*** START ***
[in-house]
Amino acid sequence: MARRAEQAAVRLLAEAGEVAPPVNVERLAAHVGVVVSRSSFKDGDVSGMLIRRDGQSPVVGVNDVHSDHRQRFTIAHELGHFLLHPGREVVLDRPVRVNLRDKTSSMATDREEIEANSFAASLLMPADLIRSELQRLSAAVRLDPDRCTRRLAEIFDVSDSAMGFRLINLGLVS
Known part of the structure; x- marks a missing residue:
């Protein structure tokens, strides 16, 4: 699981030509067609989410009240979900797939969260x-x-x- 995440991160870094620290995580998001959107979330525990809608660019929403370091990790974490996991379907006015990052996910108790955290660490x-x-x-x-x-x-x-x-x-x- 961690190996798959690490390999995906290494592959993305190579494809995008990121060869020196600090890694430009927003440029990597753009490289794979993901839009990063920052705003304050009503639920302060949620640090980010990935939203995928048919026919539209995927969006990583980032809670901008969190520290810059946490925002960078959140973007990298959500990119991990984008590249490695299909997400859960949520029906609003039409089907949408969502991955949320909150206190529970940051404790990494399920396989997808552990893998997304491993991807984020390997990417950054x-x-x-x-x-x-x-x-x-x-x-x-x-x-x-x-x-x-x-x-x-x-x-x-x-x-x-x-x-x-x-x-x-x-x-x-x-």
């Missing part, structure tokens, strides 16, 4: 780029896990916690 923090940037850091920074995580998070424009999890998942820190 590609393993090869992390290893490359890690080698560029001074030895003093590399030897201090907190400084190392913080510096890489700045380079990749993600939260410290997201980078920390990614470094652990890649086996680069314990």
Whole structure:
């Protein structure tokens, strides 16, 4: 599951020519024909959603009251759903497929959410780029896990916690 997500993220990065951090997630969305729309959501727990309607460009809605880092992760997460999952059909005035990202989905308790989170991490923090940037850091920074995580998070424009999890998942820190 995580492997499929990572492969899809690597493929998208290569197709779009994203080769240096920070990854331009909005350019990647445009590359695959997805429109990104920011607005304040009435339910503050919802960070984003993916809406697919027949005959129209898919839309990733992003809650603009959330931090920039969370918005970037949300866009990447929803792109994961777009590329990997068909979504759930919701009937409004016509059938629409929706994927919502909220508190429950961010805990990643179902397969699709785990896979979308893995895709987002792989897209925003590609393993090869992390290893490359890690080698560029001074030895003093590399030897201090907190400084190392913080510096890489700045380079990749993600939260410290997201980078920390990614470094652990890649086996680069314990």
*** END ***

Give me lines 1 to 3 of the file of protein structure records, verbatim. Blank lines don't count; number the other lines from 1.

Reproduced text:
[in-house]
Amino acid sequence: MARRAEQAAVRLLAEAGEVAPPVNVERLAAHVGVVVSRSSFKDGDVSGMLIRRDGQSPVVGVNDVHSDHRQRFTIAHELGHFLLHPGREVVLDRPVRVNLRDKTSSMATDREEIEANSFAASLLMPADLIRSELQRLSAAVRLDPDRCTRRLAEIFDVSDSAMGFRLINLGLVS
Known part of the structure; x- marks a missing residue: